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negotiations for a generation, we need more clarity than that and we don't have it. but nicola sturgeon warned any move to take scotland out of the single market as part of the uk could trigger a second referendum on independence. they will be making a big mistake if they think i am bluffing. we have to ask ourselves in scotland, are we happy to have the direction of our country, the kind of country we want to be, determined by a right—wing conservative government, perhaps for the next 20 years, or do we want to take control of our own future? theresa may does not want her entire time in downing street defined by brexit. and she stressed that referendum vote was a demand for wider change to the way the country is run, so she is promising a programme of social reform which she says will help notjust the poorest, but every level of society. it is about dealing everyday injustices, but also about recognising our obligations as citizens within the communities and the society we have here in the uk. it is about recognising
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that there is a role for government, but government needs to ensure it is acting as effectively as possible in those areas where it should be taking action. she says her government will tackle the housing crisis, fix broken markets and change attitudes to mental health. the prime minister's language is ambitious, she will be judged on whether her policies deliver the changes she is promising. borisjohnson has met some of donald trump's key advisers on a surprise visit to new york. the foreign secretary had what officials described as "positive but frank" discussions about us foreign policy towards syria, china and russia. mrjohnson met jared kushner, donald trump's son—in—law, and steve bannon, a senior counsel to the president—elect. borisjohnson the boris johnson the foreign borisjohnson the foreign secretary had three hours of talks with key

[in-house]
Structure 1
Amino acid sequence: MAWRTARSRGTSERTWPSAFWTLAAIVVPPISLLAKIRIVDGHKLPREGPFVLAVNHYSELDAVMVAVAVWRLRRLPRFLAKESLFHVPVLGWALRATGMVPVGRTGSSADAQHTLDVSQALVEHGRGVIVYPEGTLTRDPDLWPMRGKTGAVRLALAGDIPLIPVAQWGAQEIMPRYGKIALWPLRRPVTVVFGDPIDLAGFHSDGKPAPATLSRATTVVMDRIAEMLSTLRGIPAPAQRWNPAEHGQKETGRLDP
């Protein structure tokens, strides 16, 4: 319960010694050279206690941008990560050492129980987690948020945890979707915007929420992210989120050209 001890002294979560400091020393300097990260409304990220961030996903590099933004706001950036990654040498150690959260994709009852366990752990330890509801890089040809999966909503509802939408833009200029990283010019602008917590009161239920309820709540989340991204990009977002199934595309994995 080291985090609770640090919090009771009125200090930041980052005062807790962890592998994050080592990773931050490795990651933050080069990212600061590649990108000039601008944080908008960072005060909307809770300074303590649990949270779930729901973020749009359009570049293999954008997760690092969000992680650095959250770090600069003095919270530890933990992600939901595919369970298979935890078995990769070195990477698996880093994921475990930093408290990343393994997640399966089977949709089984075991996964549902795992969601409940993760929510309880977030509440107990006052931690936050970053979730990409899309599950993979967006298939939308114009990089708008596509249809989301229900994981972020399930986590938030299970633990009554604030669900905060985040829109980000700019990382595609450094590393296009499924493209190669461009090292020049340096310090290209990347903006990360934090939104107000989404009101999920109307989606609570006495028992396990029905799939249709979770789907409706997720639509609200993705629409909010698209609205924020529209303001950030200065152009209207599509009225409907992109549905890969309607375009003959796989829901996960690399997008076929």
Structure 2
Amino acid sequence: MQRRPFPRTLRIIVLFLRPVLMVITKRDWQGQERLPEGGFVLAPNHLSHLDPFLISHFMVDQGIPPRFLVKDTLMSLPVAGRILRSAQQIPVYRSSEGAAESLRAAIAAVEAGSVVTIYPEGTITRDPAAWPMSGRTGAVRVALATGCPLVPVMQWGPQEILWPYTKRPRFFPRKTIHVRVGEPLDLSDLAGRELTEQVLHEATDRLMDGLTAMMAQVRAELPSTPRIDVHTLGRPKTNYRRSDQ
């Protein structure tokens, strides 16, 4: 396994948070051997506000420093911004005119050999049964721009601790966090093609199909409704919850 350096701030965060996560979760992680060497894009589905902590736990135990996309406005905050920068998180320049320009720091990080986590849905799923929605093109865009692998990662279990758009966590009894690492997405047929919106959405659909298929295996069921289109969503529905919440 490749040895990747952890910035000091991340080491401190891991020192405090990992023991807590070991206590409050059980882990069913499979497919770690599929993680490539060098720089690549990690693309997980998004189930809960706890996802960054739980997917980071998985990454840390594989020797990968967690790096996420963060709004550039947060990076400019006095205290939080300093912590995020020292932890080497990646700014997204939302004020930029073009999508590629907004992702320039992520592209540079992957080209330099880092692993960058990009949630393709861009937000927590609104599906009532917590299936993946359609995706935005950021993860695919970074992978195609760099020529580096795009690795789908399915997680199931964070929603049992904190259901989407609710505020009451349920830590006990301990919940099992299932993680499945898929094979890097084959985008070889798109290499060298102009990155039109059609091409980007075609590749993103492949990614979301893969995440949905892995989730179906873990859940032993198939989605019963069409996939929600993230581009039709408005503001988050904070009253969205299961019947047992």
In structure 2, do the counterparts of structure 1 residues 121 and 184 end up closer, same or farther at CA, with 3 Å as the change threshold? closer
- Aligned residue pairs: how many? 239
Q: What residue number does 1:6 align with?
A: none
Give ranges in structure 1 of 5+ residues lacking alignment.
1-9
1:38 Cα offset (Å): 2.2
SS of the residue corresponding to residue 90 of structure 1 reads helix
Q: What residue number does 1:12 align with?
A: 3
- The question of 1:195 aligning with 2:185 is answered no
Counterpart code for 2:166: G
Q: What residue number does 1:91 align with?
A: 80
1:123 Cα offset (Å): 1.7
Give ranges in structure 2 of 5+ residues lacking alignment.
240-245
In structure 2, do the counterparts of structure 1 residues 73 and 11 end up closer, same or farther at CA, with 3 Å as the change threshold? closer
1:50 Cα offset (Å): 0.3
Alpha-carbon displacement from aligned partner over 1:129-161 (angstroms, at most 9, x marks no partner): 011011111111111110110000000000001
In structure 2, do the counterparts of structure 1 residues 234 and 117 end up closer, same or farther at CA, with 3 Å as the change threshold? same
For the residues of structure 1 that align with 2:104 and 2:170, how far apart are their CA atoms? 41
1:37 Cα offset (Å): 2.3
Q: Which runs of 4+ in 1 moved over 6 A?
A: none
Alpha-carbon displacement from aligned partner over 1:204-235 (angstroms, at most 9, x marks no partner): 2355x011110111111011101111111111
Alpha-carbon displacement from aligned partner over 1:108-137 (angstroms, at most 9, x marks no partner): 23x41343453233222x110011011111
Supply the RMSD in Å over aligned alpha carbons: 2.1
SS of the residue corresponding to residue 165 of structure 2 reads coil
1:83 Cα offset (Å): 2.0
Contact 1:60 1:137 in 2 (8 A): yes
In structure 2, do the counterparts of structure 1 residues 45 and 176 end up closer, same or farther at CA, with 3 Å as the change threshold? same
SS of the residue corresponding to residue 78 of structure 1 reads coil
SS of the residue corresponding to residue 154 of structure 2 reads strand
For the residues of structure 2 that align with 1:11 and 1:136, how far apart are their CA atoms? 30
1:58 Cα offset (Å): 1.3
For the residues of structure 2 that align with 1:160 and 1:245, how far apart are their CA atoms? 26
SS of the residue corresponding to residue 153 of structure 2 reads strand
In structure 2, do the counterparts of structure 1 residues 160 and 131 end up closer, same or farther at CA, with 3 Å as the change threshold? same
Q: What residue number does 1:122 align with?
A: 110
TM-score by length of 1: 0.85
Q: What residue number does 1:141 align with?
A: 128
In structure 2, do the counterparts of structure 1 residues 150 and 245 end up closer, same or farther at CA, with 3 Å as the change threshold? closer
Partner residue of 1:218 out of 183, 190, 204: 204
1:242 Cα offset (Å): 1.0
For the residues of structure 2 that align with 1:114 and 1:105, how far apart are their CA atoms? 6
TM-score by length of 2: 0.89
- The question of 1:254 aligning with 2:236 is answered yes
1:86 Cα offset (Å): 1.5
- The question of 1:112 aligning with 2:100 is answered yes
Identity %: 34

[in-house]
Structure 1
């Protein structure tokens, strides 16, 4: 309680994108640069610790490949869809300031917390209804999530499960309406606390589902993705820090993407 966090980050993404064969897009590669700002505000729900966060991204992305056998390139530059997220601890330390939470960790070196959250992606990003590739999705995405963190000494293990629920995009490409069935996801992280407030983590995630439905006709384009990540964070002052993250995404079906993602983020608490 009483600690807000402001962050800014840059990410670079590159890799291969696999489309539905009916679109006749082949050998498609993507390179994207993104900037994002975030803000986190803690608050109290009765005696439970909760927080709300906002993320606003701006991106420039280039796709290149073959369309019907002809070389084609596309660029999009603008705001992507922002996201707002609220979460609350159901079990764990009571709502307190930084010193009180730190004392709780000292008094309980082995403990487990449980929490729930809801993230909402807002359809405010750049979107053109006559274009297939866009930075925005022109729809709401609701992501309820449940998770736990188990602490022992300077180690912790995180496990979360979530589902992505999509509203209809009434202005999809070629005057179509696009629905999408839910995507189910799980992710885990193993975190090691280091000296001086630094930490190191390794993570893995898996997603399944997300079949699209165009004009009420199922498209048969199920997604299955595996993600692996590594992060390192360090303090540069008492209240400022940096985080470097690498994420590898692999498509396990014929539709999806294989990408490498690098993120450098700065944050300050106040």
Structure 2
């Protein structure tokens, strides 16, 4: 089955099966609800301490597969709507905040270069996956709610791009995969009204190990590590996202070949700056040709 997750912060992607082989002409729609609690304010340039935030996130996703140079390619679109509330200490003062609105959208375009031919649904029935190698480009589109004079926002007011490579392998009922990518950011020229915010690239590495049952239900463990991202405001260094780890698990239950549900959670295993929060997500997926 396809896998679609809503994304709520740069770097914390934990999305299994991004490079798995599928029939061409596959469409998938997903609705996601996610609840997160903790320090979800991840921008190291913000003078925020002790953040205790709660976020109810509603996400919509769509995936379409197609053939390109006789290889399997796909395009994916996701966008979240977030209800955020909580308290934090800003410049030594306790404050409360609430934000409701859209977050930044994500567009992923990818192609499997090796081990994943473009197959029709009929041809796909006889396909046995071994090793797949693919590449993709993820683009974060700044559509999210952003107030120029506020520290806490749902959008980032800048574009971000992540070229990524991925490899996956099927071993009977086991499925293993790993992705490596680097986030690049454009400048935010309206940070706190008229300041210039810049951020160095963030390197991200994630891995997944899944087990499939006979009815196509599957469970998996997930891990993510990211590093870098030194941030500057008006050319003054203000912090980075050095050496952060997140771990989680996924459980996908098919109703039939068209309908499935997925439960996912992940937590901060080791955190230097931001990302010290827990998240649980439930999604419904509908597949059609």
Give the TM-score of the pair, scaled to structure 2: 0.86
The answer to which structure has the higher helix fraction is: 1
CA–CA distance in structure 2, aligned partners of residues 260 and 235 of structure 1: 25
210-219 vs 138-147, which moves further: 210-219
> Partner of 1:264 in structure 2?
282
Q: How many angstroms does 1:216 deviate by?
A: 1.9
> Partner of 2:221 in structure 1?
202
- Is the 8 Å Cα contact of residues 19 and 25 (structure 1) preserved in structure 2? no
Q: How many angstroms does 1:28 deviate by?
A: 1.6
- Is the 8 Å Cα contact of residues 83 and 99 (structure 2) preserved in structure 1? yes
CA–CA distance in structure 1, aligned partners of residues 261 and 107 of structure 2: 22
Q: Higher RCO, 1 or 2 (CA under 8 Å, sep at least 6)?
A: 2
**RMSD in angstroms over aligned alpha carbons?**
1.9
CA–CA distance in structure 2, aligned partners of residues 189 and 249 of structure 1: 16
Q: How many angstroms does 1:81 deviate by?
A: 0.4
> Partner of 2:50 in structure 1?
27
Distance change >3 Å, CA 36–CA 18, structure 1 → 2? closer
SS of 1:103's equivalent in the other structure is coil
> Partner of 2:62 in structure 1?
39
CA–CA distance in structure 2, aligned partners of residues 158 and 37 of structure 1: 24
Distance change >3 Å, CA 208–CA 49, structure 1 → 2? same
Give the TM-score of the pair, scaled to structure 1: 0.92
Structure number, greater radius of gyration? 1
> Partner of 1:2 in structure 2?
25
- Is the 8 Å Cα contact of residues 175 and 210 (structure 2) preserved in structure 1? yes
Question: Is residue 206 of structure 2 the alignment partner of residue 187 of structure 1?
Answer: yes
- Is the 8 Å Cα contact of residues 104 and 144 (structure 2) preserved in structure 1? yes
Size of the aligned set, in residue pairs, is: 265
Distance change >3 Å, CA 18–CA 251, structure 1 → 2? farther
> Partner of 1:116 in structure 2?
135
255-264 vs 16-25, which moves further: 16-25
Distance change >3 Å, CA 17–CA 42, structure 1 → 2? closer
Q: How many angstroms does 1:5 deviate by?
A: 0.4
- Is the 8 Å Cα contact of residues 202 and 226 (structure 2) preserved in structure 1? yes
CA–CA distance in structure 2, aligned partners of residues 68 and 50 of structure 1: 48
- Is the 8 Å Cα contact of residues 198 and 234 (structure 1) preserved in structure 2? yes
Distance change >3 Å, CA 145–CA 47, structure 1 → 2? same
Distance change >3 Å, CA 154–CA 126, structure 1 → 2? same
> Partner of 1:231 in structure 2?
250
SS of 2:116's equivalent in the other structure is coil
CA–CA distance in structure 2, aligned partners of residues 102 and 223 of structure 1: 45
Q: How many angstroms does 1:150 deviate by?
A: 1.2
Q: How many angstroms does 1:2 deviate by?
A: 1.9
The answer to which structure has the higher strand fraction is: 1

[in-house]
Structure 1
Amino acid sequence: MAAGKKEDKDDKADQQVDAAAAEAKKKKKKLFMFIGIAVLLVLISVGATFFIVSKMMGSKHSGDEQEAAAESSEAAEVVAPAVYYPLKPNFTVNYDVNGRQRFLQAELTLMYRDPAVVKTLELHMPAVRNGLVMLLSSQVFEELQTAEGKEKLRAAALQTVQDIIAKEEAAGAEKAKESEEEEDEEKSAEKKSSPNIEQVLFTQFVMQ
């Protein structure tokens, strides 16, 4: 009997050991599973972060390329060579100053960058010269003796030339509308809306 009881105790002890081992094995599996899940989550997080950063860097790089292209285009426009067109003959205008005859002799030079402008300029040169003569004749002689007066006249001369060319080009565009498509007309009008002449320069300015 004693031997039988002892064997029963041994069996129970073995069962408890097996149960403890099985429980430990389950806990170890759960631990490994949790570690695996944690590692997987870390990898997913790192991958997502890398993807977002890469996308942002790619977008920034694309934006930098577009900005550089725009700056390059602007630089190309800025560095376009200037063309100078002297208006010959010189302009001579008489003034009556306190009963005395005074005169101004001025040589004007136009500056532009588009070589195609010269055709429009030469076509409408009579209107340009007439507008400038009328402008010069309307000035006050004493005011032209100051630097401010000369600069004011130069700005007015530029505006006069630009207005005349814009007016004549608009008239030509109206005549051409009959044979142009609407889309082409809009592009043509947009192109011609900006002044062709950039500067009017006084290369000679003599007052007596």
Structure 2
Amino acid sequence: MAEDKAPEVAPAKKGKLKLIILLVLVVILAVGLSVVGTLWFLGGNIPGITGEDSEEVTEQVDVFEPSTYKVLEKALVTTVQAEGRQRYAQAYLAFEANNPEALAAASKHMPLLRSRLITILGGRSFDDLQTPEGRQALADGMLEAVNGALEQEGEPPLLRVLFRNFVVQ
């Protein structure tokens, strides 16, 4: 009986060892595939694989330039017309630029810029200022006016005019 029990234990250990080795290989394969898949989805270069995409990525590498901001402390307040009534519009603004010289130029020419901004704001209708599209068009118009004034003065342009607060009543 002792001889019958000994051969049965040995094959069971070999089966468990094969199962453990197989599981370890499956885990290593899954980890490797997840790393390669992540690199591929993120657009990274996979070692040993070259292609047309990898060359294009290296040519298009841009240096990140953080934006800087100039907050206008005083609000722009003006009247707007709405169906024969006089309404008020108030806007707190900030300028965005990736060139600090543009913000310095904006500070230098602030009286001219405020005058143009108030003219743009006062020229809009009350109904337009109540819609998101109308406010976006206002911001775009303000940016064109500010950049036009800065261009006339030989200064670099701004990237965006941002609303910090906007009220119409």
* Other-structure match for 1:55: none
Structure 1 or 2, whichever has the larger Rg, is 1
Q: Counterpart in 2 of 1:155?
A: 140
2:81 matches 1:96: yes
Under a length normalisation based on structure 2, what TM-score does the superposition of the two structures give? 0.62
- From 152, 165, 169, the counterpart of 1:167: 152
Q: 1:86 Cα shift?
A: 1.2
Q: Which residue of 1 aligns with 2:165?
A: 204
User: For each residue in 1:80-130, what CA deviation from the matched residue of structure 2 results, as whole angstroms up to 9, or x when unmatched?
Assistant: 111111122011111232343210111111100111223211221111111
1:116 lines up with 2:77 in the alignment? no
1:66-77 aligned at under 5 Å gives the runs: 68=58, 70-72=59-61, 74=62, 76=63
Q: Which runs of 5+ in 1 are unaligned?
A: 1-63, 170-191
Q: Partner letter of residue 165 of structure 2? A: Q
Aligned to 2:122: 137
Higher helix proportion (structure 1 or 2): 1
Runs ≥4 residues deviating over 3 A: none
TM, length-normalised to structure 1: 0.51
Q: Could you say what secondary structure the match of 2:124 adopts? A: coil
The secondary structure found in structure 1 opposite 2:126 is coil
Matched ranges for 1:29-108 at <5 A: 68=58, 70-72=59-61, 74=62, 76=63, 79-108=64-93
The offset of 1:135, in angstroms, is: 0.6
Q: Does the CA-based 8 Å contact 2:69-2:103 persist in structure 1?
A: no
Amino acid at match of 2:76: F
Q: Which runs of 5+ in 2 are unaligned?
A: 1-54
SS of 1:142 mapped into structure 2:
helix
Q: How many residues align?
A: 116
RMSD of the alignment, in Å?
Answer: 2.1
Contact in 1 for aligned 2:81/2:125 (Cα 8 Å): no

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members of donald trump's team in trump tower. it included his son—in—law and steve bannon his chief strategist. i'm told these discussions were frank but positive with both sides stressing the importance of the special relationship, at laying the groundwork for the prime minister to go and visit the new president. as you say, theresa may was talking about the importance of the special relationship today and said she had had good conversations on the phone with donald trump but she also said that she also found some of his comments about women in the past unacceptable. you do get the sense that the government is having to work pretty ha rd that the government is having to work pretty hard to make up the ground here. of course, there is no suggestion that borisjohnson is going to meet the donald himself we re going to meet the donald himself were of course nigel farage, the former ukip leader, has had three meetings and already got his seat booked for the inauguration ceremony. we will find out how this story is